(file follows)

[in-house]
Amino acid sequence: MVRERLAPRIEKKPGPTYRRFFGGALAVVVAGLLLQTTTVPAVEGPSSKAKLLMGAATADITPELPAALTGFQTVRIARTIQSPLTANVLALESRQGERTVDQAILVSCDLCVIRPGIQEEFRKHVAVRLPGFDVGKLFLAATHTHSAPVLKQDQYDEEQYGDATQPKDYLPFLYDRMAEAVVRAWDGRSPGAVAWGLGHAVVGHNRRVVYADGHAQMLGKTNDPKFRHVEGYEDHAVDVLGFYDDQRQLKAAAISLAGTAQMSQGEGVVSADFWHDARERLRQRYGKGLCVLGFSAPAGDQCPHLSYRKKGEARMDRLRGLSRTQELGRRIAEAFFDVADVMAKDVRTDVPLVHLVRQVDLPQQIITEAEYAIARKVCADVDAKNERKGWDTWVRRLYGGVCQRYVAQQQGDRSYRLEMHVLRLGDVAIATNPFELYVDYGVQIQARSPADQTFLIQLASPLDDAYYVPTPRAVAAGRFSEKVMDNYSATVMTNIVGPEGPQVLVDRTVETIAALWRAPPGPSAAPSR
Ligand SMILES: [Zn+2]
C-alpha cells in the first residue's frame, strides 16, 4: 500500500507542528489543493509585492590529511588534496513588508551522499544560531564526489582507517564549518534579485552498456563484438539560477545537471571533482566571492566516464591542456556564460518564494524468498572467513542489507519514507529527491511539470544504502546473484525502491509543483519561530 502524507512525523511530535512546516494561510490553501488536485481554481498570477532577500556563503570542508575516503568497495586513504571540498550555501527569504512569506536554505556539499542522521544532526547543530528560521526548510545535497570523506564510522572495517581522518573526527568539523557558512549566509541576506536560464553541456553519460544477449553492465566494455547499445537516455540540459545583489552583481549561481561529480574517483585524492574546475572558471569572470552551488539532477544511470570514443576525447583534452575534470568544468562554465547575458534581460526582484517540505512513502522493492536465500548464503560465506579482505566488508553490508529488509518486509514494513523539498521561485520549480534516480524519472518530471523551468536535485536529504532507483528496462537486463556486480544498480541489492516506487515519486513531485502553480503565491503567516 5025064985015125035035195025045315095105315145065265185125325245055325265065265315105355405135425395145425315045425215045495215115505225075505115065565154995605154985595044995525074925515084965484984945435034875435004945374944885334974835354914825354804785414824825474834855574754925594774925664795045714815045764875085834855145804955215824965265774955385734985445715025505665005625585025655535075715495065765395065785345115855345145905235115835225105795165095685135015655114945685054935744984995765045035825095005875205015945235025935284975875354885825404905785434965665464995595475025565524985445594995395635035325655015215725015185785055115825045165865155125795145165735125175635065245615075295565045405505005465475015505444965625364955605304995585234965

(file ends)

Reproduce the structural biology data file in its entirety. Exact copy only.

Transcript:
[in-house]
Amino acid sequence: MVRERLAPRIEKKPGPTYRRFFGGALAVVVAGLLLQTTTVPAVEGPSSKAKLLMGAATADITPELPAALTGFQTVRIARTIQSPLTANVLALESRQGERTVDQAILVSCDLCVIRPGIQEEFRKHVAVRLPGFDVGKLFLAATHTHSAPVLKQDQYDEEQYGDATQPKDYLPFLYDRMAEAVVRAWDGRSPGAVAWGLGHAVVGHNRRVVYADGHAQMLGKTNDPKFRHVEGYEDHAVDVLGFYDDQRQLKAAAISLAGTAQMSQGEGVVSADFWHDARERLRQRYGKGLCVLGFSAPAGDQCPHLSYRKKGEARMDRLRGLSRTQELGRRIAEAFFDVADVMAKDVRTDVPLVHLVRQVDLPQQIITEAEYAIARKVCADVDAKNERKGWDTWVRRLYGGVCQRYVAQQQGDRSYRLEMHVLRLGDVAIATNPFELYVDYGVQIQARSPADQTFLIQLASPLDDAYYVPTPRAVAAGRFSEKVMDNYSATVMTNIVGPEGPQVLVDRTVETIAALWRAPPGPSAAPSR
Ligand SMILES: [Zn+2]
C-alpha cells in the first residue's frame, strides 16, 4: 500500500507542528489543493509585492590529511588534496513588508551522499544560531564526489582507517564549518534579485552498456563484438539560477545537471571533482566571492566516464591542456556564460518564494524468498572467513542489507519514507529527491511539470544504502546473484525502491509543483519561530 502524507512525523511530535512546516494561510490553501488536485481554481498570477532577500556563503570542508575516503568497495586513504571540498550555501527569504512569506536554505556539499542522521544532526547543530528560521526548510545535497570523506564510522572495517581522518573526527568539523557558512549566509541576506536560464553541456553519460544477449553492465566494455547499445537516455540540459545583489552583481549561481561529480574517483585524492574546475572558471569572470552551488539532477544511470570514443576525447583534452575534470568544468562554465547575458534581460526582484517540505512513502522493492536465500548464503560465506579482505566488508553490508529488509518486509514494513523539498521561485520549480534516480524519472518530471523551468536535485536529504532507483528496462537486463556486480544498480541489492516506487515519486513531485502553480503565491503567516 5025064985015125035035195025045315095105315145065265185125325245055325265065265315105355405135425395145425315045425215045495215115505225075505115065565154995605154985595044995525074925515084965484984945435034875435004945374944885334974835354914825354804785414824825474834855574754925594774925664795045714815045764875085834855145804955215824965265774955385734985445715025505665005625585025655535075715495065765395065785345115855345145905235115835225105795165095685135015655114945685054935744984995765045035825095005875205015945235025935284975875354885825404905785434965665464995595475025565524985445594995395635035325655015215725015185785055115825045165865155125795145165735125175635065245615075295565045405505005465475015505444965625364955605304995585234965